Hodson, G. (2014). Is it impolite to discuss cognitive differences between liberals and conservatives? Behavioral and Brain Sciences, 37, 313-314. doi:10.1017/S0140525X13002574.

Choma, B.L., Hanoch, Y., Hodson, G., & Gummerum, M. (2014). Risk propensity among liberals and conservatives: The effect of risk perception, expected benefits, and risk domain. Social Psychological and Personality Science, 5, 713-721. DOI: 10.1177/1948550613519682

Hoffarth, M.R., & Hodson, G. (2014). Is subjective ambivalence toward gays a modern form of bias? Personality and Individual Differences, 69, 75-80.

Costello, K. & Hodson, G. (2014). Lay beliefs about the causes of and solutions to dehumanization and prejudice: Do non-experts recognize the role of human-animal relations? Journal of Applied Social Psychology, 44, 278-288. doi:10.1111/jasp.12221

Costello, K., & Hodson, G. (2014). Explaining dehumanization among children: The interspecies model of prejudice. British Journal of Social Psychology, 53, 175-197. DOI:10.1111/bjso.12016

Dhont, K., & Hodson, G. (2014). Why do right-wing adherents engage in more animal exploitation and meat consumption? Personality and Individual Differences, 64, 12-17.

Dhont, K., & Hodson, G., Costello, K., & MacInnis, C.C. (2014). Social dominance orientation connects prejudicial human-human and human-animal relations. Personality and Individual Differences, 61-62, 105-108. DOI:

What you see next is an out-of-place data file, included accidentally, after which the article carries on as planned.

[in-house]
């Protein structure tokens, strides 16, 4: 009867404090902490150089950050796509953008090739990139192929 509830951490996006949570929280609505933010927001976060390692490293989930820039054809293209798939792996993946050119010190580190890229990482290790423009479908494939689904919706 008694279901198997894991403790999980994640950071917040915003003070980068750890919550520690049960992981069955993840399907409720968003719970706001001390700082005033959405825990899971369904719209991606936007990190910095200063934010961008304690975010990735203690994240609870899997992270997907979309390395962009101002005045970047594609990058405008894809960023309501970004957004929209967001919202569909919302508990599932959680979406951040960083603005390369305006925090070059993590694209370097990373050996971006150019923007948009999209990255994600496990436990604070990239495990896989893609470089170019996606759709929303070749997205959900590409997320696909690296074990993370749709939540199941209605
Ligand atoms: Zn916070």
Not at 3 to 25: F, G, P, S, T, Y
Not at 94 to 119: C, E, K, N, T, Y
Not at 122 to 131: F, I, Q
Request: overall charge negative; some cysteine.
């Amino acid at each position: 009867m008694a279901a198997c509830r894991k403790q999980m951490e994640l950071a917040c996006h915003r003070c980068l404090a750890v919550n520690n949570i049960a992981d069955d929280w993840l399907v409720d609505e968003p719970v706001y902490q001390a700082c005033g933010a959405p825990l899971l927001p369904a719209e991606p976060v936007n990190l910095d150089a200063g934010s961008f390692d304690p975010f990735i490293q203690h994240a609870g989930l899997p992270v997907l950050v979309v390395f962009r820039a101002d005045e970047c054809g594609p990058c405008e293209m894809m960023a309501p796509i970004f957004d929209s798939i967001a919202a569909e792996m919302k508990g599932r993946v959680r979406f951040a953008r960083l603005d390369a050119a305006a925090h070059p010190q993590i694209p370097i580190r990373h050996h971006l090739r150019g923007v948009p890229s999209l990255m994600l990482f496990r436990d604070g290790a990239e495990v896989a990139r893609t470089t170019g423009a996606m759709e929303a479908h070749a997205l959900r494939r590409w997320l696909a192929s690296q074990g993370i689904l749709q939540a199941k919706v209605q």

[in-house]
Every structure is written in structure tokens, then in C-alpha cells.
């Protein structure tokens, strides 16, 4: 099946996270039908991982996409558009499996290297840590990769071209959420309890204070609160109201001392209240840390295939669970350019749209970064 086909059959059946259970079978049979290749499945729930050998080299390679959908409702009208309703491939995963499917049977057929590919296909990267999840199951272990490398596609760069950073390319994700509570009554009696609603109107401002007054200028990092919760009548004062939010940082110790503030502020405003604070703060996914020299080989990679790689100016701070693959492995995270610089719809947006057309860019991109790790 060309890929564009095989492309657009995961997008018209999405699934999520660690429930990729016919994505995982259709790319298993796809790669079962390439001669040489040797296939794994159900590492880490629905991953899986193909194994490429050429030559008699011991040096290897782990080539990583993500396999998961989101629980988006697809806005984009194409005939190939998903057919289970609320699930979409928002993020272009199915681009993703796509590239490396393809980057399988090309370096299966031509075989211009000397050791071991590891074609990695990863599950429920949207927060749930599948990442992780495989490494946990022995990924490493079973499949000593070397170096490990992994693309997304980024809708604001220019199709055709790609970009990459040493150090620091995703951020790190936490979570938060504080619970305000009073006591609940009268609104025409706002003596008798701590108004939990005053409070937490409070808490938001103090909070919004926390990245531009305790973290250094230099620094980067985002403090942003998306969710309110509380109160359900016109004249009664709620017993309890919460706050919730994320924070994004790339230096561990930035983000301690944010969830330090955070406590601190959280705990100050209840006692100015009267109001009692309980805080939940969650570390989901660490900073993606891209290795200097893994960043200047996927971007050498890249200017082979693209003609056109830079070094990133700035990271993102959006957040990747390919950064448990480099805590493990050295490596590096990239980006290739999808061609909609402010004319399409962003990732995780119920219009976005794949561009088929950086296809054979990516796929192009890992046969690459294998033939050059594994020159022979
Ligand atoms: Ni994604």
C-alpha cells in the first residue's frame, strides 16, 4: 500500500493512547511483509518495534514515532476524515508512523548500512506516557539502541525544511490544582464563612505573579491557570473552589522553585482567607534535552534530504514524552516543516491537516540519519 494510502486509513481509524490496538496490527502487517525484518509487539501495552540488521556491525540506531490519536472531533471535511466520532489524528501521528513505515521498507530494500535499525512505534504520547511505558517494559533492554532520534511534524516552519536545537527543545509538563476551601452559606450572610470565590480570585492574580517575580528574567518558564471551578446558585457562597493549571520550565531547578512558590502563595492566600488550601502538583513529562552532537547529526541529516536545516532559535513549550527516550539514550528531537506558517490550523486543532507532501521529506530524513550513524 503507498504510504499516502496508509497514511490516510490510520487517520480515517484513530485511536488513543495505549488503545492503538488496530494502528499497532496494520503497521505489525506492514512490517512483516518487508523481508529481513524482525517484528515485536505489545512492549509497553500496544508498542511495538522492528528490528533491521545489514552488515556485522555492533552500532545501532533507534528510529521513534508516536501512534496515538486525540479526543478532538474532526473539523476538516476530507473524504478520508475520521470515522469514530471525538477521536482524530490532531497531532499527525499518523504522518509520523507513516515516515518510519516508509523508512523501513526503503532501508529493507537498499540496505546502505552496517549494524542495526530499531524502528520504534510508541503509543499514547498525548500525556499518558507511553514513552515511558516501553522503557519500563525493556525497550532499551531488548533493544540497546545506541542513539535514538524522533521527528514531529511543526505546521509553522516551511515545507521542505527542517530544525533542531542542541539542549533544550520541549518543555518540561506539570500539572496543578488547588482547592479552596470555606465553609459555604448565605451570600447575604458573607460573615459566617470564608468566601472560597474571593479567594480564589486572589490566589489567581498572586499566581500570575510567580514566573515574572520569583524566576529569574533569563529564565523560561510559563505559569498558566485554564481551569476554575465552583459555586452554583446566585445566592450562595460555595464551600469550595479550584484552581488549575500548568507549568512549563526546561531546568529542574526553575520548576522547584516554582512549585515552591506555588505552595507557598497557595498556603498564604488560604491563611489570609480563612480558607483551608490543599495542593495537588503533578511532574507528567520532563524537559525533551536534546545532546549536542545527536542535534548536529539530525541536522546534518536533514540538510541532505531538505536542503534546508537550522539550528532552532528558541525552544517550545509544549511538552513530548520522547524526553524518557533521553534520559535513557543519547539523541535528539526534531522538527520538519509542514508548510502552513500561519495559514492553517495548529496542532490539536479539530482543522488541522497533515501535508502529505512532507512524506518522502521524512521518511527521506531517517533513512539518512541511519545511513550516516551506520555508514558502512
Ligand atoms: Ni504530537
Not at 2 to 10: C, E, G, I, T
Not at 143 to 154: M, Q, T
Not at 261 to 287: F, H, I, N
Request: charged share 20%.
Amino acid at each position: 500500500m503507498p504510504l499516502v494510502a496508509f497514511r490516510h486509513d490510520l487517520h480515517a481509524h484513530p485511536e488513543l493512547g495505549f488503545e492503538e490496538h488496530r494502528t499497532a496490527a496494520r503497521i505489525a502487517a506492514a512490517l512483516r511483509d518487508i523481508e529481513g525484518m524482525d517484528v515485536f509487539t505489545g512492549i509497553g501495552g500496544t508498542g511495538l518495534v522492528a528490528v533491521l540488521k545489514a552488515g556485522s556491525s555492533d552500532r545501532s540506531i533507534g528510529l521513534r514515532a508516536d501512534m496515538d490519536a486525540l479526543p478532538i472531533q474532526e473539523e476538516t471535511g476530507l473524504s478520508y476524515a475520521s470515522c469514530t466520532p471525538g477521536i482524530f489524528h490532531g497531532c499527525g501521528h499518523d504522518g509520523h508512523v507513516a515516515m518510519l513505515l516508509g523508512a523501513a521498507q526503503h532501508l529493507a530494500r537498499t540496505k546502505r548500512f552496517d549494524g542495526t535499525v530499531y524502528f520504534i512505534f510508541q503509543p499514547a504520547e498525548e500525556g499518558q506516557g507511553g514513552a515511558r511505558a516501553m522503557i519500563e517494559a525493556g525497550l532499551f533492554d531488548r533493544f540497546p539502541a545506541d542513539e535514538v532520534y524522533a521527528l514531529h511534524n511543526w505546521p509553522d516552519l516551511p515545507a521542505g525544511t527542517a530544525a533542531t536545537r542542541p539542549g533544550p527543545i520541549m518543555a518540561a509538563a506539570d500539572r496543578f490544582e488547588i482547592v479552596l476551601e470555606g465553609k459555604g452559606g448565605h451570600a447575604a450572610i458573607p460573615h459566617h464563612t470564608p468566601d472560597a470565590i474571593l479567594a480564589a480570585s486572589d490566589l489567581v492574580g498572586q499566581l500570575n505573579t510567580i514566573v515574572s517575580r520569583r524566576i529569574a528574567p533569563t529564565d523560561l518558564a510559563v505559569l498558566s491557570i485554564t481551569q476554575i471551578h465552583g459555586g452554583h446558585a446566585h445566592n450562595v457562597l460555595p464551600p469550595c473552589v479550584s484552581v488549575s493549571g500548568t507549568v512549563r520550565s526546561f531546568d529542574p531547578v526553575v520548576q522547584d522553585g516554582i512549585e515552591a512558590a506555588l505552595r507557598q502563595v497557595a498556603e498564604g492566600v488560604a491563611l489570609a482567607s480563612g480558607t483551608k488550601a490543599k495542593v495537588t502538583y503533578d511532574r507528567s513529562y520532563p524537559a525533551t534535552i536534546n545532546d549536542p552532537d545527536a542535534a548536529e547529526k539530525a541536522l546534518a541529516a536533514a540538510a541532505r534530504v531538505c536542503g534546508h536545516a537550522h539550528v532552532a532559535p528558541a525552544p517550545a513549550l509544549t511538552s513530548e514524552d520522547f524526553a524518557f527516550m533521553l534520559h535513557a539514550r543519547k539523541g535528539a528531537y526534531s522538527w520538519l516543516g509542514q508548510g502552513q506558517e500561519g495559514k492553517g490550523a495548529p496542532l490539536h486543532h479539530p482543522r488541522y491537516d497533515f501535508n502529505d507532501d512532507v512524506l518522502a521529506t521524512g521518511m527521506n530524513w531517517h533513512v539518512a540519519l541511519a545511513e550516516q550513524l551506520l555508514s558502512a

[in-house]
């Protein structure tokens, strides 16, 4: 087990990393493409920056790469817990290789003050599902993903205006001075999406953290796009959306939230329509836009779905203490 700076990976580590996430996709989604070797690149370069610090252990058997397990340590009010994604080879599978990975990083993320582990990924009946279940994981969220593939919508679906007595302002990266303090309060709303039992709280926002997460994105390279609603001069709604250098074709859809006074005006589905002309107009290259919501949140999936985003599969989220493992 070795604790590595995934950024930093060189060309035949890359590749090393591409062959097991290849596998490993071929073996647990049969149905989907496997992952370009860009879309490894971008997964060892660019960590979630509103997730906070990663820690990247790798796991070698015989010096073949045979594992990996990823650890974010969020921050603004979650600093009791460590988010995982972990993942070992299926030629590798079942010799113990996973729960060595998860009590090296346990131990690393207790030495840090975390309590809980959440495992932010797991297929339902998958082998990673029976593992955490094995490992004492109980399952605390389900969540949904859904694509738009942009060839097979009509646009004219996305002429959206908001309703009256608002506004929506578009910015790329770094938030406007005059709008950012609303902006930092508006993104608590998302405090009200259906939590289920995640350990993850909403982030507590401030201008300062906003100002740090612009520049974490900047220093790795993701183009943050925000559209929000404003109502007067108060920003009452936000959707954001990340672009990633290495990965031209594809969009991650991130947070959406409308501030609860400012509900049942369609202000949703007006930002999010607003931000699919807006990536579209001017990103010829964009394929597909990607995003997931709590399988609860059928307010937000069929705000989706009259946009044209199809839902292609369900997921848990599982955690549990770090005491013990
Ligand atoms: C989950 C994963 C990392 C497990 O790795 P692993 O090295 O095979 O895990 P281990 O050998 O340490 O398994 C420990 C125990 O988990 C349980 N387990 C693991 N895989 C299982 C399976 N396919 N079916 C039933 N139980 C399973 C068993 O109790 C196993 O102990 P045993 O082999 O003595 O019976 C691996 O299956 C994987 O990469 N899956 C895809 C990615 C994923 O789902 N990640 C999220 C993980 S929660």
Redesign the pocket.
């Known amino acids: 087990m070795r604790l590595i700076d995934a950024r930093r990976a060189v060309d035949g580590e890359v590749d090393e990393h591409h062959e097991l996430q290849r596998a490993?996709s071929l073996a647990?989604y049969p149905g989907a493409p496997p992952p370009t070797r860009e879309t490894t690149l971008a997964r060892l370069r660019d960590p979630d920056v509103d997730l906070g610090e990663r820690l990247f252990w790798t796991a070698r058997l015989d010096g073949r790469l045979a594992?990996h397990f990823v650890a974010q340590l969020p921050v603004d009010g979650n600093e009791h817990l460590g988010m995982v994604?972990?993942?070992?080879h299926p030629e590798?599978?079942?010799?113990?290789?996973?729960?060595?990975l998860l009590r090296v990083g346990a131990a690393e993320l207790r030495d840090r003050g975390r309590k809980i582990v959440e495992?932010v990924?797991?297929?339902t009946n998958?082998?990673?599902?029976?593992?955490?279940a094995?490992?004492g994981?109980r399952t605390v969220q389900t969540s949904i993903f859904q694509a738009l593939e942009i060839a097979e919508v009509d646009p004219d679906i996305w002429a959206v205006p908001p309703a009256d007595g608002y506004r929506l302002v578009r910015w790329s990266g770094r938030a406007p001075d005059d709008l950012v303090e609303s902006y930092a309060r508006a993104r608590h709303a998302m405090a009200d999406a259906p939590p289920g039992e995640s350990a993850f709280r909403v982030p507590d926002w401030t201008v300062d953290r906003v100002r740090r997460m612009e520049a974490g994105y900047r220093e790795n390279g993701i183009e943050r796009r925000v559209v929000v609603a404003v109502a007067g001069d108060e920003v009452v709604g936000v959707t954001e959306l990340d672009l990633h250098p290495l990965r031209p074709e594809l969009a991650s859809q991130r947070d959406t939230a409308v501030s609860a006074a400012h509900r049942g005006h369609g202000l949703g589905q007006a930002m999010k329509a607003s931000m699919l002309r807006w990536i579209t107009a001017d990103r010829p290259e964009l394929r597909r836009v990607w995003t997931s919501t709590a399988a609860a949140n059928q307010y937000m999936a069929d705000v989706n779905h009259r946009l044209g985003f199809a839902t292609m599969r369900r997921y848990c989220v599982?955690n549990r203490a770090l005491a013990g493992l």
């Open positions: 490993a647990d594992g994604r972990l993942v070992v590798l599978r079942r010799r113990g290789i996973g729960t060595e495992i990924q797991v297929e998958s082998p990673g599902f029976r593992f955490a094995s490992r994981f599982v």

MacInnis, C.C., MacLean, M.H., & Hodson, G. (2014). Does "humanization" of the preborn explain why conservatives (vs. liberals) oppose abortion? Personality and Individual Differences, 59, 77-82.

Choma, B.L., Hanoch, Y., Gummerum, M., & Hodson, G. (2013). Relations between risk perceptions and social-political ideology are domain- and ideology-dependent. Personality and Individual Differences, 54, 29-34.

MacInnis, C.C., & Hodson, G. (2013). Is homophobia associated with an implicit same-sex attraction? Journal of Sex Research, 50, 777-785. DOI:10.1080/00224499.2012.690111.

MacInnis, C.C., Busseri, M.A., Choma, B.L., & Hodson, G. (2013). The happy cyclist: Examining the association between generalized authoritarianism and subjective well-being. Personality and Individual Differences, 55, 789-793.

MacInnis, C.C., & Hodson, G. (2013). Expecting racial outgroups to see "us" as biased: A social projection explanation of Whites' bias meta-stereotypes. Group Processes and Intergroup Relations, 16, 545-559. DOI: 10.1177/1368430212463454.